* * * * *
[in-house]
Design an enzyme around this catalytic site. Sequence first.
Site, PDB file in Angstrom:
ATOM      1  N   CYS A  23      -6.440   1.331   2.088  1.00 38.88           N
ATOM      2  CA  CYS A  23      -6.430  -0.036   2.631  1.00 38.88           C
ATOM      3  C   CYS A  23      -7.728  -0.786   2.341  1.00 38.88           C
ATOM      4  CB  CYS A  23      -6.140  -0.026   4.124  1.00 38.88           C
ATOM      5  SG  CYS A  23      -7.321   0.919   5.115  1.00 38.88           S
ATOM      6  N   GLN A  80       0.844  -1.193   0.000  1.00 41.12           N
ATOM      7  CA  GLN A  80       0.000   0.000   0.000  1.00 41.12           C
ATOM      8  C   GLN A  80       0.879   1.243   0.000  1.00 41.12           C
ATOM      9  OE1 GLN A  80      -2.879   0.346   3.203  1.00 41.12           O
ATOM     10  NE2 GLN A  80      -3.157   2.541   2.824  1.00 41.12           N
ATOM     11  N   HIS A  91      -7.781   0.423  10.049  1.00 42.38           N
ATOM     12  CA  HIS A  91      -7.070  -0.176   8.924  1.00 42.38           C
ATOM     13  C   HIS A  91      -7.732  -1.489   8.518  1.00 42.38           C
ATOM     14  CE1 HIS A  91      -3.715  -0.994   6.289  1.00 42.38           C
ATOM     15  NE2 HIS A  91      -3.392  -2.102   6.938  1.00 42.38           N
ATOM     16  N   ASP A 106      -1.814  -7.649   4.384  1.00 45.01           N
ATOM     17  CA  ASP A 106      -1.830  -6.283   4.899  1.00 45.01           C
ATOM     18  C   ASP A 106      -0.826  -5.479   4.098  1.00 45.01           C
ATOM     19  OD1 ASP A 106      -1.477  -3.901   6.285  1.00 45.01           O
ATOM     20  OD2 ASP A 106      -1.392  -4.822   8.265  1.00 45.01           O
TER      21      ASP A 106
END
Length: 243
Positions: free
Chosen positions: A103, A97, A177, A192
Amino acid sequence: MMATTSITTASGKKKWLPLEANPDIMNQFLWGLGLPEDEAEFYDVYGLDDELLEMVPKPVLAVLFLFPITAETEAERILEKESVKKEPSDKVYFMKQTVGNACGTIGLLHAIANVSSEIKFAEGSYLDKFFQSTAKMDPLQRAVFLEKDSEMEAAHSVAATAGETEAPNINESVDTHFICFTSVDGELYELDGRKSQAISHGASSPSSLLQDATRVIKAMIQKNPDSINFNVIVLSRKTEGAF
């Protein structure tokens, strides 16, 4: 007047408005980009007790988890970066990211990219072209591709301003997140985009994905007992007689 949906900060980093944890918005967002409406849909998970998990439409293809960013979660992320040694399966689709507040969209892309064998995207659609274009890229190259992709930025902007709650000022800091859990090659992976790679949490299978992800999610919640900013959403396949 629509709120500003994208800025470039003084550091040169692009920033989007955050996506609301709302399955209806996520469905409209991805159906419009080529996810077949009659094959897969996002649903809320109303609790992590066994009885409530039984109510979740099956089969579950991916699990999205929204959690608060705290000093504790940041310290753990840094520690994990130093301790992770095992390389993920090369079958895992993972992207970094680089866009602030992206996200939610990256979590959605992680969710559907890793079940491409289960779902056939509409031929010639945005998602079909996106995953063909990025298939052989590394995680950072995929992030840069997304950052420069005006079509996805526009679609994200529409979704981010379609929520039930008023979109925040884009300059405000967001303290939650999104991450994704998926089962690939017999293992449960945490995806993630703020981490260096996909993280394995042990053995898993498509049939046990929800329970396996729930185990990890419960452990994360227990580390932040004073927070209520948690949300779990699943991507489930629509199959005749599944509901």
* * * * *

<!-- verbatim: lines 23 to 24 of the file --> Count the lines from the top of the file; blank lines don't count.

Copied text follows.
ATOM     20  OD2 ASP A 106      -1.392  -4.822   8.265  1.00 45.01           O
TER      21      ASP A 106